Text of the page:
Mary G says
But WHERE do you get the amazingly adorable owl timer?!?!?!?!?!?!
Thank you! It's from amazon: http://www.amazon.com/Kikkerland-Owlet-Kitchen-Assorted-Colors/dp/B00E9M3BSI/ref=sr_1_1?ie=UTF8&qid=1392722823&sr=8-1&keywords=owl+kitchen+timer
i love the comparisons!
Michelle Thiele says
Like a few other commenters, I never press my tofu! My husband and I just don't have the time to press it, but this was very convincing. You really got me with your scientific approach; I'm going to have to try it!
Abby Bean says
Why not the Tofu Xpress? It's the BEST and works in a very short time.
I bought a few of these. The only thing I use them for is pressing tofu.
How cool is THAT? Thanks for the tip. Love the little owl timer 🙂
that owl.. <3 i need that one right now:)
brilliant idea to press the tofu! now to find the kitchen towels that don't have my pom's hair on them:)
This post is SO awesome!! I always to with method A but I'm totally converting to method B as soon as I get home and get my hands on some tofu! I already love it the first way so I'm super excited to take my tofu love to the next level!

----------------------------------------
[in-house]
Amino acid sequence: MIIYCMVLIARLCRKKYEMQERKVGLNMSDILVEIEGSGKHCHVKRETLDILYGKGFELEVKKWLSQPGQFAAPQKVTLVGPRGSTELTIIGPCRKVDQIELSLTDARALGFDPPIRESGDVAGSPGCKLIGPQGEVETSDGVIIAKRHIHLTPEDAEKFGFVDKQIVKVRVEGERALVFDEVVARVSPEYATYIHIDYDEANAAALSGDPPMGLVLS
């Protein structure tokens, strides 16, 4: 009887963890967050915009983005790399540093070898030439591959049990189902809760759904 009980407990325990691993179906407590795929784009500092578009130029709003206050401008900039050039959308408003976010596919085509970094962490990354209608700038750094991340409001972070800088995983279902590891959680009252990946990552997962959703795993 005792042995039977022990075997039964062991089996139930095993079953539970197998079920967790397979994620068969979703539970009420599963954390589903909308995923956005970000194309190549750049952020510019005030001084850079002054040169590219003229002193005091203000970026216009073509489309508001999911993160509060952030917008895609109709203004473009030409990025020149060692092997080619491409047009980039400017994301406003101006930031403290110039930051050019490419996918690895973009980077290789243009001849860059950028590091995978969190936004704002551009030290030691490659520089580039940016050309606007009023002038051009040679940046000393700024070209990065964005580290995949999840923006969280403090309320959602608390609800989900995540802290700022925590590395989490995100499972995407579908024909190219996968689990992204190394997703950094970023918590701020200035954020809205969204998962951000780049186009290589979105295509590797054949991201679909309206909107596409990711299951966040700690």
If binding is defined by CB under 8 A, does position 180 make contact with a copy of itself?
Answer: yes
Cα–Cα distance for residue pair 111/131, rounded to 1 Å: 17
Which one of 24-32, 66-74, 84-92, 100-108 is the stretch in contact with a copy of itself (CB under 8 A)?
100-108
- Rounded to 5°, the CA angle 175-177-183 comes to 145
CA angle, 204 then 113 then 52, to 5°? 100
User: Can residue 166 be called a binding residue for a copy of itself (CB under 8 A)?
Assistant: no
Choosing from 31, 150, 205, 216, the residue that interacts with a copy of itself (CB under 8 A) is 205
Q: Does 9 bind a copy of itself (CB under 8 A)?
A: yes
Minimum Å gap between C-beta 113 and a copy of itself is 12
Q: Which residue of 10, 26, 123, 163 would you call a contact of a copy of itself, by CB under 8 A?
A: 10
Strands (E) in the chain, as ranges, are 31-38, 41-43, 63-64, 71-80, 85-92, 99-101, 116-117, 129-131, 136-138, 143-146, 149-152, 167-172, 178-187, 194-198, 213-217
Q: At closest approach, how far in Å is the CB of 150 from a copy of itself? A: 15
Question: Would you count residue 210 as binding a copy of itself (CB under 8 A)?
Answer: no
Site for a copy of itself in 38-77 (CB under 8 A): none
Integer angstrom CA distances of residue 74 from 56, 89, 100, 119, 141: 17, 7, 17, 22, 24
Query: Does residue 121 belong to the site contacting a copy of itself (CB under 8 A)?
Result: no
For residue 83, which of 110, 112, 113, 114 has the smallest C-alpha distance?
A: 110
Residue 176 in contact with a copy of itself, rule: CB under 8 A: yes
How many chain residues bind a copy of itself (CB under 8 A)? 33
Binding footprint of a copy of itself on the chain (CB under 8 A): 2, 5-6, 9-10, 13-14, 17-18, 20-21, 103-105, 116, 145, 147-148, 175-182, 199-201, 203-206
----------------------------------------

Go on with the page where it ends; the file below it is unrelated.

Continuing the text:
I hope you enjoy, Jojo!
I find that when I press it becomes very crumbly. Any ideas why?
Tamara, How are you pressing it? What kind of tofu are you using? Firm? Extra Firm? Does it crumble when you pick it up?
If you try this method with firm tofu, you will get dense almost rubbery tofu that's perfect for marinades that sautees and browns beautifully in the pan. It should not be crumbly at all.
Just wanted to stop by and say that I've been using this method at home and am making the best baked tofu ever! Thank you so much!! it really makes an incredible night-and-day difference with texture and flavor. I used to pay $$ for store-bought baked tofu because I was never happy with the baked tofu I produced at home, this has seriously saved me so much money. Love your blog!!
Thanks for your comment, so happy you like!
I agree with the comment about TofuXpress. No paper towel waste, no extra towel washing, and the container is perfect for marinating.